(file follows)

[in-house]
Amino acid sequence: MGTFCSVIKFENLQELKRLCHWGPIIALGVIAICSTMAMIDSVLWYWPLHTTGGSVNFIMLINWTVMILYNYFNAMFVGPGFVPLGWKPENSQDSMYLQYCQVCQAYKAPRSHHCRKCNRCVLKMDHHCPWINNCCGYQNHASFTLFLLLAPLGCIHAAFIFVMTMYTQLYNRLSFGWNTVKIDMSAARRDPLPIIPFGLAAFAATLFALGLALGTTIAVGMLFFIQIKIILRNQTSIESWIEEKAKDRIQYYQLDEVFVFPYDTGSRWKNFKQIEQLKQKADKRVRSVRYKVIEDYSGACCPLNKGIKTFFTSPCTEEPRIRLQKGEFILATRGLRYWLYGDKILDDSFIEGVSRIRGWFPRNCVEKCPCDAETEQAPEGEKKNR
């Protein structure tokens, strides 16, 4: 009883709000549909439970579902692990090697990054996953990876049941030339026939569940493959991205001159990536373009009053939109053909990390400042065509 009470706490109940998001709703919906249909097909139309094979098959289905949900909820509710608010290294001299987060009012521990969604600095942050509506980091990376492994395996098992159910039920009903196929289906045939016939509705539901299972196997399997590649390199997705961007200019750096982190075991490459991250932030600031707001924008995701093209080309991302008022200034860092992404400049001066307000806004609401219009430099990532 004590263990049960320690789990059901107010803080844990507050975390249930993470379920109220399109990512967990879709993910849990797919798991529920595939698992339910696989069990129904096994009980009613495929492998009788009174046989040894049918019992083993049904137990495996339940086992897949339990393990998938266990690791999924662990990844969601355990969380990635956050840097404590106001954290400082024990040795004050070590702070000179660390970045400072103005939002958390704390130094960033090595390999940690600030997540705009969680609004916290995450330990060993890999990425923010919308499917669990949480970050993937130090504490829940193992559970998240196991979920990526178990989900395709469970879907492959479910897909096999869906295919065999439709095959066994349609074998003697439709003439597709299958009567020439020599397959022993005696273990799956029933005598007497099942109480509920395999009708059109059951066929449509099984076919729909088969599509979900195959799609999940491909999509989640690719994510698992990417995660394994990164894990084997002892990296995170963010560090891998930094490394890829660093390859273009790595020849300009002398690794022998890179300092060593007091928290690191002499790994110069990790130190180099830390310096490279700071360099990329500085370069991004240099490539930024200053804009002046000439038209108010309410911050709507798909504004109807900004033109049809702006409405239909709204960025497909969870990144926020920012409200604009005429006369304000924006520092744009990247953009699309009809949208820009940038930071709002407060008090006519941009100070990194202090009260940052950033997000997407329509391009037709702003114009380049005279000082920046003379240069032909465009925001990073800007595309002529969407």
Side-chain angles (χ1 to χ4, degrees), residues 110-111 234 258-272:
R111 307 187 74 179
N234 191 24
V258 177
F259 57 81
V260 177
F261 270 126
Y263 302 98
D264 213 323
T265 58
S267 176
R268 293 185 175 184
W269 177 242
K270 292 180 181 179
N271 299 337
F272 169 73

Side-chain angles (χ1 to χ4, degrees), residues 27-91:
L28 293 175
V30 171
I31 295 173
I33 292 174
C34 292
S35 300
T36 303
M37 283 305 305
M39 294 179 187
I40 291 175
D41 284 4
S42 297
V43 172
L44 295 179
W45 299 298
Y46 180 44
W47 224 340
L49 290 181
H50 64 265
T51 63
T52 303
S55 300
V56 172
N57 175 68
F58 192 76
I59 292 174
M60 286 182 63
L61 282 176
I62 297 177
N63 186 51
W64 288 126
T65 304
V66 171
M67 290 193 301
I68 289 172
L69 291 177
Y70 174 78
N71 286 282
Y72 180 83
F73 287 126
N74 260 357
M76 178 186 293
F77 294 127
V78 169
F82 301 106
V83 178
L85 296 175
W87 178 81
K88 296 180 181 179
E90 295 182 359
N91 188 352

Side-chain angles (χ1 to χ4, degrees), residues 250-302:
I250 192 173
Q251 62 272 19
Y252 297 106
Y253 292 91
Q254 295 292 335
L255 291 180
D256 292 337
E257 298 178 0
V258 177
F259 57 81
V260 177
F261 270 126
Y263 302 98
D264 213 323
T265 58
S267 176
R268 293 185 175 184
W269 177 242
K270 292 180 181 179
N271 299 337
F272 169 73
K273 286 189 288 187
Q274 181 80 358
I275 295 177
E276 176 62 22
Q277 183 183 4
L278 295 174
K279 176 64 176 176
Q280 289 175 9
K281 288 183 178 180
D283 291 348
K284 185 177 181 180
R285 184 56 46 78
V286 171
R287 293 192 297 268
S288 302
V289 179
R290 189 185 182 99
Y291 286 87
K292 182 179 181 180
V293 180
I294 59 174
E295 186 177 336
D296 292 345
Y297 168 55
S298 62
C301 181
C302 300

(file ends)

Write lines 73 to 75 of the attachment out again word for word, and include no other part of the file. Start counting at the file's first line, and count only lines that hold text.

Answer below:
I250 192 173
Q251 62 272 19
Y252 297 106